Chinese relay satellites, deep-space ground stations ready for upcoming Mars mission

By Deng Xiaoci Source: Global Times Published: 2020/7/20 20:13:40

To ensure a successful launch of the Long March-5 Y4 carrier rocket for China's first Mars probe mission, the country's space-borne spacecraft monitoring and control team has completed preparation work, including adaptive adjustments to the Tianlian relay communication satellites and deep-space ground stations in Northeast and Northwest China.

The two relay communication satellites are now in their "optimum condition" ahead of the Tianwen-1 launch mission, the team said in a statement sent to the Global Times on Monday. 

Tianlian satellites are China's data tracking and relay communication satellites that fly in the geostationary orbit. They are mainly tasked to provide data relay, measurements and control, and transmission services for the in-orbit spacecraft on a global scale.

In the Tianwen-1 launch mission, the team will operate the two satellites to provide remote measurements and data relay services for the Long March-5 Y4 carrier rocket.

Photo taken on July 17, 2020 shows the Long March-5 rocket at the Wenchang Space Launch Center in south China's Hainan Province. The Long March-5 rocket, to be used to launch China's first Mars exploration mission, was vertically transported to the launching area at the Wenchang Space Launch Center in south China's Hainan Province on Friday. The carrier rocket, coded as Long March-5 Y4, is planned to be launched in late July or early August, according to the China National Space Administration. (Photo by Zhang Gaoxiang/Xinhua)

The Long March-5 Y4, the carrier rocket commissioned for the probe, was vertically transported to the launch area at the Wenchang Space Launch Center in South China's Hainan Province on Friday morning ahead of the launch scheduled to take place between the end of July and the beginning of August, the China National Space Administration (CNSA) said.

A highly stable and reliable information link between the satellites and the Wenchang Space Launch Center has been built, the team noted.

The minimum distance between Mars and Earth is about 55 million kilometers, and the two planets only come that close every 26 months, state-owned space giant China Aerospace Science and Technology Corporation (CASC), the mission's contractor, said in June. The Mars exploration window is open between July and August.

The Tianwen-1 Mars probe mission was approved by Chinese authorities on January 2016, and aims to achieve orbiting, landing and roving on the Red Planet in a single mission.

The launch will be the fourth of the Long March-5, following the successful return of the state-of-the-art rocket at the end of last year, more than two years after a July 2017 launch failure on the rocket's second test flight due to engine problems.

Earlier on Tuesday, media reported that the spacecraft developer, the China Academy of Space Technology, said the Mars probe had arrived at the Wenchang Space Launch Center.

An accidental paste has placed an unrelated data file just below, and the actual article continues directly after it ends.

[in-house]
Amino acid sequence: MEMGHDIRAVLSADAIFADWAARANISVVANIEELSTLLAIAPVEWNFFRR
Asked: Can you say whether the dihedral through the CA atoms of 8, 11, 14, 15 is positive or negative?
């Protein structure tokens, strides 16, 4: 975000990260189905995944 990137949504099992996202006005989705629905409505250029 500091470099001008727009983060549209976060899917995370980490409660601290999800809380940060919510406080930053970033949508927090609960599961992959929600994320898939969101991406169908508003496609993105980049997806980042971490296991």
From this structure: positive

Pang Zhihao, a Beijing-based space expert who has been closely following the mars mission, told the Global Times on Monday that the Tianlian satellites are mainly tasked to provide communications service, and as the rocket enters the Earth-Mars transfer orbit, the deep-space antenna in the ground stations will take over.

According to the Xi'an Satellite Control Center on Monday, the center will deploy the deep-space control stations in Jiamusi, Northeast China's Heilong Jiang Province and in Kashi prefecture, Northwest China's Xinjiang Uygur Autonomous Region. 

The Mars probe will travel as far as 400 million kilometers into deep space, and the Earth-Mars transfer flight will take almost seven months.

Automatic operation modules have been installed at the two ground stations to further alleviate human resource pressure.

Hosting work of a new radar array system, which includes four 35-meter antennas, has been completed and the system will join service by the end of this year, further boosting the country's deep space probe capability, Global Times learned from the Xi'an center. 

The Jiamusi and Kashi stations have jointly completed a number of space missions. These include the Chang'e-3, 4 lunar probes. And the Jiamusi station has the largest antenna in Asia, with a diameter of 66 meters. According to the center, the antenna can support a spacecraft tracking mission as far as 4.76 billion kilometers. 

China is also building a 70-meter reflector antenna for the Mars exploration mission in Wuqing district, Tianjin. 

As the key equipment for receiving the data from the Mars exploration, the high-performance antenna is 72 meters high and weighs 2,700 tons. Composed of 1,328 high-precision panels, it is about the size of nine basketball courts with the diameter of its main reflector as wide as 70 meters.

The equipment is expected to receive data from Mars by October this year, Global Times learned from the National Astronomical Observatories (NAOC) of the Chinese Academy of Sciences in April.
Newspaper headline: China ready for first Mars mission


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